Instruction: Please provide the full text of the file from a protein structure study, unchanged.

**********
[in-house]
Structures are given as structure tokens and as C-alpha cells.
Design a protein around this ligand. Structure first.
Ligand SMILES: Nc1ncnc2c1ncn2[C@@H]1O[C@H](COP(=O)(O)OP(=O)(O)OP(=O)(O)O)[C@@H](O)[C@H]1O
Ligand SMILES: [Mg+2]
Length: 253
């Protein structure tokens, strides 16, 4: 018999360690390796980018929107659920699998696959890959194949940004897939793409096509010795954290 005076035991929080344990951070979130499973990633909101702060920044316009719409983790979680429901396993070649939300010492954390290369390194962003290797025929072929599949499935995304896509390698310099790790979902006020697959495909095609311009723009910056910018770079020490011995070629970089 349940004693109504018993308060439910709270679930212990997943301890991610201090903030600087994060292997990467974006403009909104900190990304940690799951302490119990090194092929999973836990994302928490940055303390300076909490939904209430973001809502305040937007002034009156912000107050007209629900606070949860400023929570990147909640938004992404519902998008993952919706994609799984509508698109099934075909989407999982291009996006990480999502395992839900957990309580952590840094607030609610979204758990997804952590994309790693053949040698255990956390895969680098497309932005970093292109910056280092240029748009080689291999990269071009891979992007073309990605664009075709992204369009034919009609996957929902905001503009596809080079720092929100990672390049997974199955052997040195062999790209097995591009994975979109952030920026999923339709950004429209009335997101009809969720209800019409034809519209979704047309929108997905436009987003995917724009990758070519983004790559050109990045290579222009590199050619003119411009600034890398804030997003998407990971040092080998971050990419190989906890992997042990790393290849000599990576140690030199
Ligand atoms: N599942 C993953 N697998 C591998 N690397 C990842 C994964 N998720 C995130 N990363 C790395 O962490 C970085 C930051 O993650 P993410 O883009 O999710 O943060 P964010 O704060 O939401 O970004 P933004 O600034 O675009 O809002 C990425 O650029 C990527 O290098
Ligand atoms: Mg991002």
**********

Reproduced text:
[in-house]
Structures are given as structure tokens and as C-alpha cells.
Design a protein around this ligand. Structure first.
Ligand SMILES: Nc1ncnc2c1ncn2[C@@H]1O[C@H](COP(=O)(O)OP(=O)(O)OP(=O)(O)O)[C@@H](O)[C@H]1O
Ligand SMILES: [Mg+2]
Length: 253
């Protein structure tokens, strides 16, 4: 018999360690390796980018929107659920699998696959890959194949940004897939793409096509010795954290 005076035991929080344990951070979130499973990633909101702060920044316009719409983790979680429901396993070649939300010492954390290369390194962003290797025929072929599949499935995304896509390698310099790790979902006020697959495909095609311009723009910056910018770079020490011995070629970089 349940004693109504018993308060439910709270679930212990997943301890991610201090903030600087994060292997990467974006403009909104900190990304940690799951302490119990090194092929999973836990994302928490940055303390300076909490939904209430973001809502305040937007002034009156912000107050007209629900606070949860400023929570990147909640938004992404519902998008993952919706994609799984509508698109099934075909989407999982291009996006990480999502395992839900957990309580952590840094607030609610979204758990997804952590994309790693053949040698255990956390895969680098497309932005970093292109910056280092240029748009080689291999990269071009891979992007073309990605664009075709992204369009034919009609996957929902905001503009596809080079720092929100990672390049997974199955052997040195062999790209097995591009994975979109952030920026999923339709950004429209009335997101009809969720209800019409034809519209979704047309929108997905436009987003995917724009990758070519983004790559050109990045290579222009590199050619003119411009600034890398804030997003998407990971040092080998971050990419190989906890992997042990790393290849000599990576140690030199
Ligand atoms: N599942 C993953 N697998 C591998 N690397 C990842 C994964 N998720 C995130 N990363 C790395 O962490 C970085 C930051 O993650 P993410 O883009 O999710 O943060 P964010 O704060 O939401 O970004 P933004 O600034 O675009 O809002 C990425 O650029 C990527 O290098
Ligand atoms: Mg991002």